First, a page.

is a major industry in Canada
. In 2005, almost 25,000 new oil wells
were spud (drilled) in Canada. Daily, over 100 new wells are spud in the province of Alberta
The petroleum industry in Canada is also referred to as the Canadian "Oil Patch"; the term refers especially to upstream operations (exploration and production of oil and gas), and to a lesser degree to downstream operations (refining, distribution, and selling of oil and gas products).
The Canadian petroleum industry arose in parallel with that of the United States, but developed in quite a different way. Canada's unique geography
, resources and patterns of settlement have been key factors in the history of Canada
. The development of the petroleum
sector helps illustrate how they have helped make the nation quite distinct from her neighbour to the south.
and production occurs in Alberta
, with a significant number of operations in British Columbia
—particularly in winter—and consistent activity in Saskatchewan
. Drilling from large offshore platforms occurs on the Newfoundland
Alberta is the largest producer of conventional crude oil, synthetic crude, natural gas and gas products in Canada. Two of the largest producers of petrochemicals in North America are located in central and north central Alberta. In both Red Deer and Edmonton, world class polyethylene and vinyl manufacturers produce products shipped all over the world, and Edmonton's oil refineries provide the raw materials for a large petrochemical industry to the east of Edmonton. There are hundreds of small companies in Alberta dedicated to providing all sorts of services to this industry—from drilling to well maintenance, pipeline maintenance to seismic exploration.
The Athabasca Oil Sands (previously known as the Athabasca Tar Sands) have estimated oil reserves in excess of that of the rest of the world, estimated to be 1.6 trillion barrels (254 km³). With the advancement of extraction methods, bitumen and economical synthetic crude are produced at costs nearing that of conventional crude. This technology grew and developed in Alberta. Many companies employ both conventional strip mining and non-conventional methods to extract the bitumen from the Athabasca deposit. With current technology, only 315 billion barrels (50 km³) are recoverable. Fort McMurray, one of Canada's youngest and liveliest communities (Alberta's largest unincorporated hamlet), has grown up entirely because of the large multinational corporations which have taken on the task of oil production.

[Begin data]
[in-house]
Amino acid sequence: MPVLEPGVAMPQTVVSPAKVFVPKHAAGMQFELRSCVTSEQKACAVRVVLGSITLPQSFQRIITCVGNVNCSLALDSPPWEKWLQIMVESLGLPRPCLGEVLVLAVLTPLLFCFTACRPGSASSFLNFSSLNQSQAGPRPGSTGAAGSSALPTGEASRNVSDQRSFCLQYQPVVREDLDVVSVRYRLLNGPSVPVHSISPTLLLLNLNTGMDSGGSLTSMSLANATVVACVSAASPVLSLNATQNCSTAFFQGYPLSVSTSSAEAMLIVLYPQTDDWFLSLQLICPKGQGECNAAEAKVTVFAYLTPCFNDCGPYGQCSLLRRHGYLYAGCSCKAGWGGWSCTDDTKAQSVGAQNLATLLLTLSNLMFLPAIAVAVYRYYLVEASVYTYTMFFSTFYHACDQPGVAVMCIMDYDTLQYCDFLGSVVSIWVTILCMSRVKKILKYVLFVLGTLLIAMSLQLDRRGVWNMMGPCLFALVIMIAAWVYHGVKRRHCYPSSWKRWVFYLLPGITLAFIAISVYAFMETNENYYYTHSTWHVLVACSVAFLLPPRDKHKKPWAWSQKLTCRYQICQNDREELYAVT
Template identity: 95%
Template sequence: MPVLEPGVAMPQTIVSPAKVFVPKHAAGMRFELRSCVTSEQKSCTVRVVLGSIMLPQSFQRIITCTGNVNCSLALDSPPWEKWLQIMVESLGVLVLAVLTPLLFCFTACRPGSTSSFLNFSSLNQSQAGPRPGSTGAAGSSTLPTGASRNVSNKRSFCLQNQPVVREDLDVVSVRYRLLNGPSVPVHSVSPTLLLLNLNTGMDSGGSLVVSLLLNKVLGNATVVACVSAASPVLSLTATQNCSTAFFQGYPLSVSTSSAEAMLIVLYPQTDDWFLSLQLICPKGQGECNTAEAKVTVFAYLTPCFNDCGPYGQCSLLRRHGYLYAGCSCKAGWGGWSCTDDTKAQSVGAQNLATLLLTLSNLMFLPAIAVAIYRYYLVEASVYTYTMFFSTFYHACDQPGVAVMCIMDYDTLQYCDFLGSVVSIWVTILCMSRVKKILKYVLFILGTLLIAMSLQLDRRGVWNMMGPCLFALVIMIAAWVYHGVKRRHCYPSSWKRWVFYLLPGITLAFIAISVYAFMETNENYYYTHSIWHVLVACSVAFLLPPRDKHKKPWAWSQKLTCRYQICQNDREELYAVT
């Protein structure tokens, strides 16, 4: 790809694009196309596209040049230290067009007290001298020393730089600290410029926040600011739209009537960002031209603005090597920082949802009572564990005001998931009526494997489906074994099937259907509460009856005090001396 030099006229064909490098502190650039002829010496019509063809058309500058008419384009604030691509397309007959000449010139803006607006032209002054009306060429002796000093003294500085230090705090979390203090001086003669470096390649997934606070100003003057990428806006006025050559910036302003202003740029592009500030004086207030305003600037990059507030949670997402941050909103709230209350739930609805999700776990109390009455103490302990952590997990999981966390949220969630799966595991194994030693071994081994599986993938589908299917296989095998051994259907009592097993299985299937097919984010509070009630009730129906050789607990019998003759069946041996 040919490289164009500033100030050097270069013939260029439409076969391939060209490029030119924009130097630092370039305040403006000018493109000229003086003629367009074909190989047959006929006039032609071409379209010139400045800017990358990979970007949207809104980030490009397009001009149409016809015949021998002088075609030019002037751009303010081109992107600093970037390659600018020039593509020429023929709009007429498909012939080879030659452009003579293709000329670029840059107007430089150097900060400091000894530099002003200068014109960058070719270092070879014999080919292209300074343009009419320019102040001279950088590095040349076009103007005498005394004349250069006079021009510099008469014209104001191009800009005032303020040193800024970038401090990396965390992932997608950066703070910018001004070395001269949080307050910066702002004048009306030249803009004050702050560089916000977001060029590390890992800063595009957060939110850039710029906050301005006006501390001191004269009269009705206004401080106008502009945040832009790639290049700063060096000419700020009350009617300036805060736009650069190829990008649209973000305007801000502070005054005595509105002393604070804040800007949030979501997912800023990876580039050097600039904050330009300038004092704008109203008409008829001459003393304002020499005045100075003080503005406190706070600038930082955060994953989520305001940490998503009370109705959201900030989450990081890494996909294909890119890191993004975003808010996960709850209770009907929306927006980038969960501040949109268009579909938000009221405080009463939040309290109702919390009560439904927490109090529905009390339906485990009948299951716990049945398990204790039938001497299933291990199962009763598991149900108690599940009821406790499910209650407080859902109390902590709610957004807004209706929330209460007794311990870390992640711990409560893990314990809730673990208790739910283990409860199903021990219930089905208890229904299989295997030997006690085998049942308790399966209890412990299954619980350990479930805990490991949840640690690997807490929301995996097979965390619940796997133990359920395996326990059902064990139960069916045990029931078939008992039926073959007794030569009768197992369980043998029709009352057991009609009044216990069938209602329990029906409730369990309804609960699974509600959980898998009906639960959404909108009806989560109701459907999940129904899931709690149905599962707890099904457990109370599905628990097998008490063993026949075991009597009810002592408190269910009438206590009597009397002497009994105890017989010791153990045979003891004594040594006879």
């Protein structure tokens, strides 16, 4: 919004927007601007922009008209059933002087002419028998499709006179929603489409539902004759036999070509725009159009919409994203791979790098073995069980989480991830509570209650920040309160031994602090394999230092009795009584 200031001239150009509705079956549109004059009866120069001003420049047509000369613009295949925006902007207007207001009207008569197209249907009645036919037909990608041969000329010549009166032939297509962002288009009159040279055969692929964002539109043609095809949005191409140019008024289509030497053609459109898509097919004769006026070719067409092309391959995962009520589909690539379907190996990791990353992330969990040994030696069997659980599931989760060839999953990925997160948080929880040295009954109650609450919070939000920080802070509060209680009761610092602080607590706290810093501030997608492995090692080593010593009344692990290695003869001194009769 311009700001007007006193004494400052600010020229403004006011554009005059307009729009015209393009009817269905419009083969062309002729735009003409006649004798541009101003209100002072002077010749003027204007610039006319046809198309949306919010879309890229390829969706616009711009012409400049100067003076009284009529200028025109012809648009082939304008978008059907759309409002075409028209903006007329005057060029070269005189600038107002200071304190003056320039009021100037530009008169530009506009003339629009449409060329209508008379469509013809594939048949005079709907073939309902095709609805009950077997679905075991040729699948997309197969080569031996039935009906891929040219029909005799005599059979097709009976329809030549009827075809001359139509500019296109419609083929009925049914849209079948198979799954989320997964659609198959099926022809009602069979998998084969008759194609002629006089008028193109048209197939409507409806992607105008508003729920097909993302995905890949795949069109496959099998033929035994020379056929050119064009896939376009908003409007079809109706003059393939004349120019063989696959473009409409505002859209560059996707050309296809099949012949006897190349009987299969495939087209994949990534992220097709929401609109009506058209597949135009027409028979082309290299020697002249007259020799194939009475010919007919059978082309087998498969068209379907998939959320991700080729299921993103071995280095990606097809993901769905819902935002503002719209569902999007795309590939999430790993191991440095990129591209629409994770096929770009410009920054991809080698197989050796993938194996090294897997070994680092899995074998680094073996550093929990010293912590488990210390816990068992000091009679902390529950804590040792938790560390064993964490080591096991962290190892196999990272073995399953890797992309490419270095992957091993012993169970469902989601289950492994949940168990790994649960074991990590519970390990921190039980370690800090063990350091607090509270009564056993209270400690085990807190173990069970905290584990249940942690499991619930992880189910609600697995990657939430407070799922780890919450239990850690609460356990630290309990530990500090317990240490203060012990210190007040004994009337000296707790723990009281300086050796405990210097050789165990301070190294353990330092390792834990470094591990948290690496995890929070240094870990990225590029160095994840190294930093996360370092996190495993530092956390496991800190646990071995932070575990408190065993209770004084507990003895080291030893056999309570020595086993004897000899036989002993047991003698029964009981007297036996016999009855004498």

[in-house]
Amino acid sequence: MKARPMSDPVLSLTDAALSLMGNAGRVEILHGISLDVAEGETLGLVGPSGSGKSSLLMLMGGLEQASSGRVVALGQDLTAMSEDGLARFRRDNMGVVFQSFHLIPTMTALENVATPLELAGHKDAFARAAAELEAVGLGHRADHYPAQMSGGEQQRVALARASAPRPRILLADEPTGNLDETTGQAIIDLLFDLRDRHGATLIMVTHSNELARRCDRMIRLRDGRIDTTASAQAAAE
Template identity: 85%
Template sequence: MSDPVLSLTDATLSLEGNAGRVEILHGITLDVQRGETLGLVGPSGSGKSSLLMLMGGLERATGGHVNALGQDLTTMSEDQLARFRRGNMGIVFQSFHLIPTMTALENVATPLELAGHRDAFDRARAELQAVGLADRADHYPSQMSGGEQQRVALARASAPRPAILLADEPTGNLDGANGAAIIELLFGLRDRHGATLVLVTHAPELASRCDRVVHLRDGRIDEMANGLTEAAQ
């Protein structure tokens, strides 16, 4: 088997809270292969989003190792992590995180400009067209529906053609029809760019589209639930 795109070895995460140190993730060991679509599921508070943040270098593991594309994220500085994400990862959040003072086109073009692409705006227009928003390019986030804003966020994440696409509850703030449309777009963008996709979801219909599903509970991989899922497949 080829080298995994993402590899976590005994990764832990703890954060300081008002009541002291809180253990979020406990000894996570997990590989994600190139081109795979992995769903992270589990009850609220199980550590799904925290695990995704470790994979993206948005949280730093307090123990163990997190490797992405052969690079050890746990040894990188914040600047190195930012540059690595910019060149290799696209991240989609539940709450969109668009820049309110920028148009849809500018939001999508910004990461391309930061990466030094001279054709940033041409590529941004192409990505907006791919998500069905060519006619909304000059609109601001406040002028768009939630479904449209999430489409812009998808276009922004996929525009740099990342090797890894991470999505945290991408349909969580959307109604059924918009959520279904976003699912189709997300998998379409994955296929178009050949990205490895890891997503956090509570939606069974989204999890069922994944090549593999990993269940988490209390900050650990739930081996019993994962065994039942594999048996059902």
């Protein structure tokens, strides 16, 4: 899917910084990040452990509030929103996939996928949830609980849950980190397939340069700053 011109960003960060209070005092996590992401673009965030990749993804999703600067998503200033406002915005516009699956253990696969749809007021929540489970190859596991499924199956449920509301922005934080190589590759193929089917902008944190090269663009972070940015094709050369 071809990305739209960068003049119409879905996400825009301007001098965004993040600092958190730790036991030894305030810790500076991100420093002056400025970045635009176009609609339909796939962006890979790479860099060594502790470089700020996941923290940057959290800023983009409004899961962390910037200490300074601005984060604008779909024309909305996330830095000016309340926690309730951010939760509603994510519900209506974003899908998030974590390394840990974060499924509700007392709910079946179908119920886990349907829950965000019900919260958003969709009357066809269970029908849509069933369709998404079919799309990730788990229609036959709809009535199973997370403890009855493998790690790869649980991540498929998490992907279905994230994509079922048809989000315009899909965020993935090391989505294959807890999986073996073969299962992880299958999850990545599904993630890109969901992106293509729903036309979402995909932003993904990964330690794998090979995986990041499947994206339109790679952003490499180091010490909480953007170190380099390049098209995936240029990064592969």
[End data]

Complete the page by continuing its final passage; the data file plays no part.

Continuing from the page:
While Edmonton is considered the pipeline junction, manufacturing, chemical processing, research and refining centre of the province, Calgary is known for its senior and junior oil company head offices.
Major oil fields are found in southeast Alberta (Brooks, Medicine Hat, Lethbridge), northwest (Grande Prairie, High Level, Rainbow Lake, Zama), central (Caroline, Red Deer), and northeast (Athabasca Oil Sands)
Structural regions include: Foothills, Greater Arch, Deep Basin.
- Oil and gas activity is regulated by the Alberta Energy and Utility Board (EUB).
Drilling for gas and oil in the Peace Country of north-eastern British Columbia, around Fort Nelson (Greater Sierra oil field), Fort St. John (Pink Mountain, Border Ring) and Dawson Creek
- Oil and gas activity is regulated by the Oil and Gas Commission (OGC).
- A few rigs drilling for gas in southern Manitoba
- Mostly shallow gas wells in southwestern Saskatchewan (Hatton, Cypress Hill) and the southeast (Lougheed, Weir Hill), heavy oil extraction around Lloydminster.
- Oil and gas activity is regulated by the Saskatchewan Industry and Resources (SIR) .
Northern Canada (onshore)
Northern Canada (offshore)
- Production in the Beaufort Sea off the Mackenzie Delta.
- Sporadic drilling along the continental shelf of the Beaufort Sea.
Eastern Canada (onshore)
Eastern Canada (offshore)
The country's four largest integrated refiners are Imperial Oil, Husky Energy, Petro-Canada, and Suncor Energy. In 2007 Canada's four biggest oil companies brought in record profits of $11.75 billion, up 10 percent from $10.72 billion in 2006. Revenues for the Big Four climbed to $80 bilion from about $72 billion in 2006. The numbers exclude Shell Canada and ConocoPhillips Canada, two private subsidiaries that produced almost 500,000 barrels per day in 2006. Vancouver Sun
Oil Fields of Canada